Season 10 premieres today! An explosive new report argues that there is a potentially cancer-causing chemical hiding in your favorite breakfast cereals, oatmeal, and snack bars. We take you from fear to facts. Then, Dr. Oz faces his own health scare. Plus, Dr. Oz visits the set of The Goldbergs, Wheel of Fortune, and One Day at a Time to teach hands-only CPR.
Here's how to get things back on track.
Q: I end up overeating because it makes me feel better and I never really get full. I'd like to lose weight but this makes it hard. Any suggestions?
A: Being persistently hungry can cause big trouble. So can overeating for comfort/pleasure. These two behaviors, say researchers from Baylor University's Children's Nutrition Research Center, are controlled deep within your brain by serotonin-producing neurons, but operate separately from each other — one in the hypothalamus, the other in the midbrain. They both can, however, end up fueling poor nutritional choices and obesity.
Eating for Hunger
When hunger is your motive for eating, the question is: "Does your body know when you've had enough?" Well, if you are overweight, obese or have diabetes you may develop leptin resistance and your "I am full" hormone, leptin, can't do its job. The hormone's signal to your hypothalamus is dampened, and you keep eating.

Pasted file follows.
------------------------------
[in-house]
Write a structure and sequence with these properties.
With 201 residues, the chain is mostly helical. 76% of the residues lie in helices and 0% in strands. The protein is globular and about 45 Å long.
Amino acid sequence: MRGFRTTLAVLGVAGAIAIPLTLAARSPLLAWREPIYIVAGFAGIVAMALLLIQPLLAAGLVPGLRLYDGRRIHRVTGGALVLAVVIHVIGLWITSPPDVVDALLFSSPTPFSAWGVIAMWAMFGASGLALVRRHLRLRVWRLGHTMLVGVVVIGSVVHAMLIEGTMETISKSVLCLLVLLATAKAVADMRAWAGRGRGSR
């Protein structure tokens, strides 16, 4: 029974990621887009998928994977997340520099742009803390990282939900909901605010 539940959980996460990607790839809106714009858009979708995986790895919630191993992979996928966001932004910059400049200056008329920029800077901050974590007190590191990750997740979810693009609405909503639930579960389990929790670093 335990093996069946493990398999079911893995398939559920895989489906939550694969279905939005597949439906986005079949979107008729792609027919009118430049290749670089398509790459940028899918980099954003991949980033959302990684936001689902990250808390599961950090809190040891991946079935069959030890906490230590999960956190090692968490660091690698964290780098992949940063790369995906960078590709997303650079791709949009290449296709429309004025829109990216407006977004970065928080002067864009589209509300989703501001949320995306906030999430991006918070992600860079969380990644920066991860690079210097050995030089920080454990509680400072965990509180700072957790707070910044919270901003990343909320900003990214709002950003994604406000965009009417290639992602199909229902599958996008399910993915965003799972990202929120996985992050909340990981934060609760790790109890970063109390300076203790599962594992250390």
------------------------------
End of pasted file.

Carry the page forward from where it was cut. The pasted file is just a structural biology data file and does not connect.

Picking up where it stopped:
Eating for Pleasure
When pleasure is driving you to overeat, that too can increase leptin resistance. Part of the impulse is physical. For example, mice who cannot taste sweetness still opt for sugar water over plain because once ingested it gets the gut and brain to release pleasure-promoting hormones. Part is emotionally driven — perhaps from associations of some foods with happier times. That too stimulates the release of comforting hormones and neurotransmitters.
3 Ways to Feel Full Again
So how can you learn to eat no more than your body needs and not use food to cope with tension or sadness? By overcoming leptin resistance with a combination of lifestyle changes.
- Tamp down inflammation, especially in the gut, with high-fiber foods, and eliminate ultra-processed foods, added sugars and red meats from your diet. Increase leptin sensitivity by increasing lean and plant-based protein intake.
- Get more exercise. In combo with reduced intake of unhealthy fats it reduces leptin resistance significantly.
- Reduce your triglyceride level. When it's high, it prevents transport of leptin from your blood to your brain. The key? Dramatically slash your intake of refined carbs and unhealthy fats.
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